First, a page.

By ALESHA CADET
Tribune Features Reporter
IN A Country that is plagued with noncommunicable diseases and where many people die young, a local doctor is calling on people to recognize the importance of end of life care.
People in their 30s and 40s often do not look towards making living wills and other preparations, but Dr N’Tari Darville, clinical director at Doctors Hospital, is cautioning these persons to “make your wishes known before you get sick.”
Speaking about the importance of having advance directives and living wills, Dr Darville said the hospital’s common concern is “why don’t people think about end of life.”
“We are becoming more advanced in the Bahamas with health care equipment, and with medical treatment. One thing that hasn’t changed a lot is how long we live. Something we have been working on however is quality of life and giving patients and their families more autonomy, “ said Dr Darville.
Mr Darville said most times when patients come into the Intensive Care Unit (ICU) at the hospital, many times these persons have not made preparations or their families have not made preparations. He often wonders why.
“Why don’t we prepare for end of life?”
“My mother always said “you don’t talk about those things”, as if end of life care is going to bring death closer. Some people have these superstitions about it and some people just have fear of end of life. I don’t know which US president said it, but they said there are two things you are going to faced with: one is death and the other is taxes. But guess what, they are both applicable in the Bahamas as well, we face death and taxes,” said Dr Darville, which speaking at a Doctors Hospital lecture series.
Dr Darville said persons should spend more time addressing end of life issues, asking themselves “ how do I want my preparations to be?” He said at Doctor’s Hospital, their hopes are to put the patient in “the driver’s seat,” in terms of deciding what direction they want to go.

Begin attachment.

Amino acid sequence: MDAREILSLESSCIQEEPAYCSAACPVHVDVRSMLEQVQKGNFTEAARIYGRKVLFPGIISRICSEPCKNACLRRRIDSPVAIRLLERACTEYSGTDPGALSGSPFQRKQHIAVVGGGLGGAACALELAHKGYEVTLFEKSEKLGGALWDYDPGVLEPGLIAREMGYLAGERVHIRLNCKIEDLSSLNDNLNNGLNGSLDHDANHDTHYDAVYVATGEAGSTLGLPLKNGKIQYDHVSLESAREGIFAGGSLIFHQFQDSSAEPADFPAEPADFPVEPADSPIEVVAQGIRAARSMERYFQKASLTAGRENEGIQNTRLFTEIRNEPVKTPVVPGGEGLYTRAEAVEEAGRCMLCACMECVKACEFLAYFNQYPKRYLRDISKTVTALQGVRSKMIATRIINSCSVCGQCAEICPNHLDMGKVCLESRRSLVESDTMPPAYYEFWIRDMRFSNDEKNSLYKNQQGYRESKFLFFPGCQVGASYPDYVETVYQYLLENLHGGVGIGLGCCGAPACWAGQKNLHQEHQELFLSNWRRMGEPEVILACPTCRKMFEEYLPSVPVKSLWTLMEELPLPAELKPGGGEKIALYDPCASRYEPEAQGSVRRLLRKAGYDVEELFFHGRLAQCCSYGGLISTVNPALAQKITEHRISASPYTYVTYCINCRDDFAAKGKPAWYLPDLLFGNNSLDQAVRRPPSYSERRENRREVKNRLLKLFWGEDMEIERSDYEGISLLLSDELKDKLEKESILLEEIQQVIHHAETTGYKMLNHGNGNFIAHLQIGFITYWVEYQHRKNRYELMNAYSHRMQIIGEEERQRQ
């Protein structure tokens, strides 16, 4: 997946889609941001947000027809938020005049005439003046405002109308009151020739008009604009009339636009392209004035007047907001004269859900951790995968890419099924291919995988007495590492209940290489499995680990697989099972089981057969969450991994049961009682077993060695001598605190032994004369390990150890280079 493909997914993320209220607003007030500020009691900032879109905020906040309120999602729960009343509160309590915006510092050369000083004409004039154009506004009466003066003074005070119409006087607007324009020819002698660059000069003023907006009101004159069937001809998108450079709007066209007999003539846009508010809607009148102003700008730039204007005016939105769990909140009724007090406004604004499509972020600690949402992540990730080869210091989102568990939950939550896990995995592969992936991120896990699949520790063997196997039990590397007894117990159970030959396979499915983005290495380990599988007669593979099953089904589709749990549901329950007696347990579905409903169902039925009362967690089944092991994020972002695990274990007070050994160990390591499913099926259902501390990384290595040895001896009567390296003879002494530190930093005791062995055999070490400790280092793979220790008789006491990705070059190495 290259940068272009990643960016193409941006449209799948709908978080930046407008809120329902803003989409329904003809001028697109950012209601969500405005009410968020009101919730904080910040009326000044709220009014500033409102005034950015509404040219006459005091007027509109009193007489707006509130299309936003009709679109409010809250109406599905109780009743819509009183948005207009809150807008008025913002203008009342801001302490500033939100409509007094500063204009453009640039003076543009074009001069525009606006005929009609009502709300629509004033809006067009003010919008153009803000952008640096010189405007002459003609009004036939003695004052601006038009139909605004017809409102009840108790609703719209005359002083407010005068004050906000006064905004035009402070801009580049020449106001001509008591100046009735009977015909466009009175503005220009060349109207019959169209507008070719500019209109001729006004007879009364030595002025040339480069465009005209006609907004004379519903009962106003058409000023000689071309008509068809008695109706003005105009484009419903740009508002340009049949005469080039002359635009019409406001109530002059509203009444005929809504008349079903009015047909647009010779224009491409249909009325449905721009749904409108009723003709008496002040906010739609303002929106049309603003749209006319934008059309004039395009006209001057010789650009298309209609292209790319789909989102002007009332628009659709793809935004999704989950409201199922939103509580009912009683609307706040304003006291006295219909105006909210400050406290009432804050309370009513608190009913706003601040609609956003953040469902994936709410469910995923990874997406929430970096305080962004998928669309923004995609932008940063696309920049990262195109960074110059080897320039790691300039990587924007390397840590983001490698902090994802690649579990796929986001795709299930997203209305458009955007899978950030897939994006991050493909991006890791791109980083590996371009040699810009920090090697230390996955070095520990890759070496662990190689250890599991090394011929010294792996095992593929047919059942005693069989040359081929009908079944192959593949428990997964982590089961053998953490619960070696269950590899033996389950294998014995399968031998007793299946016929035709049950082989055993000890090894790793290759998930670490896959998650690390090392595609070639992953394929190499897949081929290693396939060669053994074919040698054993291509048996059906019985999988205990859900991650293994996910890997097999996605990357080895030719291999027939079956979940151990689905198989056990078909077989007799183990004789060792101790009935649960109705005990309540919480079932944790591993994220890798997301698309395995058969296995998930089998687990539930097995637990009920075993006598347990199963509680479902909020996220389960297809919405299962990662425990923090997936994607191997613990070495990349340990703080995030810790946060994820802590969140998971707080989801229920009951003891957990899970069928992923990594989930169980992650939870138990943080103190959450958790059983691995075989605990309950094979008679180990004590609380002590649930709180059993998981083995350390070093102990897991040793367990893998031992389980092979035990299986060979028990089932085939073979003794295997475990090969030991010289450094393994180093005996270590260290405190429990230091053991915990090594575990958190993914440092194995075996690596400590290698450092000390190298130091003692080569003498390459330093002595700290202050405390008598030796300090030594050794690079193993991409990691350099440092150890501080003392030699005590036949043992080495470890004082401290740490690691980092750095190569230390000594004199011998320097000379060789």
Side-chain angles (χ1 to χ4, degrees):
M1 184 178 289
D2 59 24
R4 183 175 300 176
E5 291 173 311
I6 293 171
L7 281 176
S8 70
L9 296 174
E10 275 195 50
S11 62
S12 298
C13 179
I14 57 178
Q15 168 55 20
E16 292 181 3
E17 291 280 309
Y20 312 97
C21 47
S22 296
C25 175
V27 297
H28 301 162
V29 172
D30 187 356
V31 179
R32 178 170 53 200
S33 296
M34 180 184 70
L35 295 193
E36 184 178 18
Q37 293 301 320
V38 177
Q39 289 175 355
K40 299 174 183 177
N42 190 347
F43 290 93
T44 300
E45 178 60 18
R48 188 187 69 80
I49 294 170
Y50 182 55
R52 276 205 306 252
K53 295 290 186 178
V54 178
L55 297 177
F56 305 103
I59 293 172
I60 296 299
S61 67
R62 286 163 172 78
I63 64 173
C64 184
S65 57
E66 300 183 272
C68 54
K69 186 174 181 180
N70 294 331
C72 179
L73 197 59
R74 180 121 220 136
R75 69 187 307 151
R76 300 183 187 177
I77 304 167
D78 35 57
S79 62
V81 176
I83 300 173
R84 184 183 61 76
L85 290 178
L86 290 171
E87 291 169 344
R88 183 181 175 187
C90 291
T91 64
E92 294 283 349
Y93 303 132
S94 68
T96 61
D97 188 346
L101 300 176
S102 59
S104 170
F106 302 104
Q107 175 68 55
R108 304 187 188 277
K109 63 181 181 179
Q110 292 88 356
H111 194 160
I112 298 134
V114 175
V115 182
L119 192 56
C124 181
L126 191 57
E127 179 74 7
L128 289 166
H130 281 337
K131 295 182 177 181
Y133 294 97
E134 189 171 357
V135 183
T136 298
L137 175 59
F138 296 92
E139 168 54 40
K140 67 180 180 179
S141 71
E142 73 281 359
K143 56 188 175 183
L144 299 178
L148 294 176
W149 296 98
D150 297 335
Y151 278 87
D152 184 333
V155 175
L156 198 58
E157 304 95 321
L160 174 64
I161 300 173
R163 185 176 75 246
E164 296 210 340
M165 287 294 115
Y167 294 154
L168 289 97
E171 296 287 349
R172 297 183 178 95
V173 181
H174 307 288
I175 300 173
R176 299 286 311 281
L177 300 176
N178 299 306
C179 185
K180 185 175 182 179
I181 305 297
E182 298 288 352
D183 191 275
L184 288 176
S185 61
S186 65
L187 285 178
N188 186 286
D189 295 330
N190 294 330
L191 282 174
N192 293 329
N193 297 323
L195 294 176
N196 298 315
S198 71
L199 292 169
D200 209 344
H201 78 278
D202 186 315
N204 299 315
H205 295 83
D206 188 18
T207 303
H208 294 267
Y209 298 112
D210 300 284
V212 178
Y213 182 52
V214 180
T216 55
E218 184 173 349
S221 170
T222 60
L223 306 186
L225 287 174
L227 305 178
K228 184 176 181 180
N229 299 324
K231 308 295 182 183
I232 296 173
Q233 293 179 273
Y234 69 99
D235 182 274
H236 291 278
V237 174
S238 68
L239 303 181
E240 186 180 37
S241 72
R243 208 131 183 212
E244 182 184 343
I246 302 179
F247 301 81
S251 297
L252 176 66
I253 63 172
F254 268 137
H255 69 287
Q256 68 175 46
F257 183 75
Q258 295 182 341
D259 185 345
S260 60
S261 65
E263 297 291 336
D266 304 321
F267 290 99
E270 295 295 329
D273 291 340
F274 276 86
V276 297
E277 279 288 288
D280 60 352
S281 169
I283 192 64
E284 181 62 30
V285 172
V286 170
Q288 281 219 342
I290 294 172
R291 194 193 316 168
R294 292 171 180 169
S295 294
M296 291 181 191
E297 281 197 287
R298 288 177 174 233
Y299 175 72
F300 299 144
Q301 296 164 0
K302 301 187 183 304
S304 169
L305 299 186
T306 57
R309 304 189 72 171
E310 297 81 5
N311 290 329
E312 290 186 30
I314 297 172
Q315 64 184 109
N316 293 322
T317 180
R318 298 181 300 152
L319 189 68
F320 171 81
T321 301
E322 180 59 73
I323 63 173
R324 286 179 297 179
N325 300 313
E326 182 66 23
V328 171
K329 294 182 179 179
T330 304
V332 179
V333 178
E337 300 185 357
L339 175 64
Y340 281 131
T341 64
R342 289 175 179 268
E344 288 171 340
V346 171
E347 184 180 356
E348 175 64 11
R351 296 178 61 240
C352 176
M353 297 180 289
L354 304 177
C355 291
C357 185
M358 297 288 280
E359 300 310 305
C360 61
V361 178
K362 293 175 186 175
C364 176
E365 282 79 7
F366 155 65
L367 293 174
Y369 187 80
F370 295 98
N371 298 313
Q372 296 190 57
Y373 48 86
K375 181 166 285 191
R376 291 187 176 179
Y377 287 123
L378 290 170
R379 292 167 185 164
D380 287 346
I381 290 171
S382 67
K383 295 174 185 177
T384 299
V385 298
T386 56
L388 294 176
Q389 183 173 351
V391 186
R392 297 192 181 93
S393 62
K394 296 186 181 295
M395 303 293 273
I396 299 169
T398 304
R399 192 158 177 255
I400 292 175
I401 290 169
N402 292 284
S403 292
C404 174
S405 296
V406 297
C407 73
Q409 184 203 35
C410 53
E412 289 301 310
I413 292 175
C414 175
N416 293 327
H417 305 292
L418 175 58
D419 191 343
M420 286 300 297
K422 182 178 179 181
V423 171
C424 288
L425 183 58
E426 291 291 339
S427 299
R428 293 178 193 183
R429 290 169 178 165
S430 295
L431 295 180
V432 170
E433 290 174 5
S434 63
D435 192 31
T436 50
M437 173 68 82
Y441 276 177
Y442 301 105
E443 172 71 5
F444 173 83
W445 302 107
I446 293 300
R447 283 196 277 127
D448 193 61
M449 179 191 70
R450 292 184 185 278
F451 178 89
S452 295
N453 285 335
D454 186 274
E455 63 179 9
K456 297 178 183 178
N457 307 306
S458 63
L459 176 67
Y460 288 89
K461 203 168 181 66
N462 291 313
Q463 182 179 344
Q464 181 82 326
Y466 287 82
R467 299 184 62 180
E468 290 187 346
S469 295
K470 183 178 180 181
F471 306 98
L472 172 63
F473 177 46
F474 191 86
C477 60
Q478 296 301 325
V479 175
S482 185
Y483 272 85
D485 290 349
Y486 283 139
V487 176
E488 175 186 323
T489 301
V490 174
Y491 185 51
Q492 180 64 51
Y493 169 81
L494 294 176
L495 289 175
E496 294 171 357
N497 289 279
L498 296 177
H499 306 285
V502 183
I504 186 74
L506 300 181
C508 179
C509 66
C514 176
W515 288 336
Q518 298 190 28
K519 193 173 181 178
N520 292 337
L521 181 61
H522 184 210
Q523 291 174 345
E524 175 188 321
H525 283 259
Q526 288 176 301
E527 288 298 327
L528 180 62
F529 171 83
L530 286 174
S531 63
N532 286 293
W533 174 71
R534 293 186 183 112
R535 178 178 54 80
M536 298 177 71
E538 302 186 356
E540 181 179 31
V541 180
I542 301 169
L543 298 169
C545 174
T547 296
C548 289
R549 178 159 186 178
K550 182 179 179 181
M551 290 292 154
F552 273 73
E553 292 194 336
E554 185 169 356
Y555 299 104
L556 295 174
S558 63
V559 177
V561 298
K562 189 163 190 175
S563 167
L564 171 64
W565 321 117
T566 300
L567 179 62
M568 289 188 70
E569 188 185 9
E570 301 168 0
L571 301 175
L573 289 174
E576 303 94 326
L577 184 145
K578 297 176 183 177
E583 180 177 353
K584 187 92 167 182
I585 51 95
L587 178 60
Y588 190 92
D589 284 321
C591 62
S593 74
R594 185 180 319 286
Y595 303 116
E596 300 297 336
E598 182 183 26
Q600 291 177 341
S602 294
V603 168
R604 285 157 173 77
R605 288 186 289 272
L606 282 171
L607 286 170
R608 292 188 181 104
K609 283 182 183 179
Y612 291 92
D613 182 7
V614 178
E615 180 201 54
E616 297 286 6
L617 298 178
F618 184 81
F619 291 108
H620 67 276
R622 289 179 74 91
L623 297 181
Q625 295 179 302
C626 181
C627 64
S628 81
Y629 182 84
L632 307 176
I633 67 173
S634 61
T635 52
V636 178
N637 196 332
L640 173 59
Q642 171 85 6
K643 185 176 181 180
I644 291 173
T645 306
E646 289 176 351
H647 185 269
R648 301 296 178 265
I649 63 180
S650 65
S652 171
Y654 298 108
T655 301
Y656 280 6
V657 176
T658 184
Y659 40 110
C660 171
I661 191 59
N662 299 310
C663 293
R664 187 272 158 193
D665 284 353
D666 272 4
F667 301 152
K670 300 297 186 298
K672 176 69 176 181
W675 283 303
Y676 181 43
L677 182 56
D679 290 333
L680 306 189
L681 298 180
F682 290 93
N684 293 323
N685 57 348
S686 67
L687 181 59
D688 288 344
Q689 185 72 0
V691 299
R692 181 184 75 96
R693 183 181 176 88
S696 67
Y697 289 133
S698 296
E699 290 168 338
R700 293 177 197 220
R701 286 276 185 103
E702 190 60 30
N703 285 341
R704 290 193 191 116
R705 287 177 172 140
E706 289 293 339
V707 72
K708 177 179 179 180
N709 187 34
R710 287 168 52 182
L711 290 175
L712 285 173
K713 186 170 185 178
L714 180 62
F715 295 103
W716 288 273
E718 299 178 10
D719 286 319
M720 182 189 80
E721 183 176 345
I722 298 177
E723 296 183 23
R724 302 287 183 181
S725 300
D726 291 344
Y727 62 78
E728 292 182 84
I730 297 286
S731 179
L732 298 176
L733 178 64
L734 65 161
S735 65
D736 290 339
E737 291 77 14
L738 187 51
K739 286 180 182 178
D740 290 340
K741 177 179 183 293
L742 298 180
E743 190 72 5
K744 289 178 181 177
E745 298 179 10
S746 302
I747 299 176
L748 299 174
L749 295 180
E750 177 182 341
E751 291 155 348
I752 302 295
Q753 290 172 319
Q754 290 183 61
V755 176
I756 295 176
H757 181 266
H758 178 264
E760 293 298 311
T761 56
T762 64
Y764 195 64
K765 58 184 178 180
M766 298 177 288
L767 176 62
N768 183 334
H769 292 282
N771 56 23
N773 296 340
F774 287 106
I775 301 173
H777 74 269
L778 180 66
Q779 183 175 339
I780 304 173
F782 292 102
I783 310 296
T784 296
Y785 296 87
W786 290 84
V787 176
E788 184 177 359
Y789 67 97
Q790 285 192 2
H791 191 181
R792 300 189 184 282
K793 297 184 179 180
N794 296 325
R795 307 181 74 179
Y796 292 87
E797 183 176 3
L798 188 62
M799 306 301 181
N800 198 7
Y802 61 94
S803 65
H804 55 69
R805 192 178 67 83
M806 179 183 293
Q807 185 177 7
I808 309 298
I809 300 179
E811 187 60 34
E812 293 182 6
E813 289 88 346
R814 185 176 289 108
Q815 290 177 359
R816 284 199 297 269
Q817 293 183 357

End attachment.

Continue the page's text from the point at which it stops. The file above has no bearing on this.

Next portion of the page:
Hospital Legal Counsel, Michaela Sumner Budhi, said: “With the advances in technology that we are experiencing in the Bahamas, this means that we have the ability to postpone the inevitable, death, for a period of time. But for most of us, dying is a process and there are things that we need to take into consideration.”
“What efforts do we want to take to maintain a patient’s life, even if it means that the procedures and interventions that are performed, can actually prolong their suffering. What attempts should be made to make a patient comfortable? These are all considerations that have to be taken into account. And it is what Dr Darville and I do frequently,” said Ms Budhi.
Ms Budhi said completing an advanced directive, is not just about filling out a piece of paper or a form. Its the process by which you have a conversation, usually with your primary care provider. So that the person you see on a regular basis, the physician and family members, are made aware of what your desires and wishes are.
“Once those desires and wishes are communicated to the physician and the health care facility, we have no option but to follow them. That being said, there are highly technically forms. So if there is any discrepancy, we have to rule in favour of the preservation of life, until we can sort out otherwise,” said Ms Budhi.
Currently, Dr Darville said there are four people in the Doctors Hospital ICU and none of them are able to speak, because they are on breathing machines and they are sedated as well.
“They come in and we don’t know what their desires are, all we know is that their family members have brought them in. And as Michaela said, because there was no decision, or no living will or advance directive, and we use those terms interchangeably, we err on the side of life preservation because nothing was said in advance,” said Dr Darville.
When there are conflicts in health care, Dr Darville said it is mainly because family members come into the hospital and they express different desires of what they know from their family member who is sick. “And the bigger the families, everybody has something called an opinion. An opinion is like a nose, everybody has one,” he said.
“Mom comes with her opinion and the children comes with theirs and opinions vary. They vary based on emotions, relationships, whether temporal or geographic. We have to deal with these opinions in health care and iron out the conflicts. Again, when there is differing in opinions, the living will or advanced directive, can help with that,” said Dr Darville.
Dr Darville said everyone wants the best for their loved ones, but how persons define “the best,” tends to be different. So it is important that when people come to this “end of life” scenario, and determining whether care is futile, the important thing is for them to have good communication and relationships.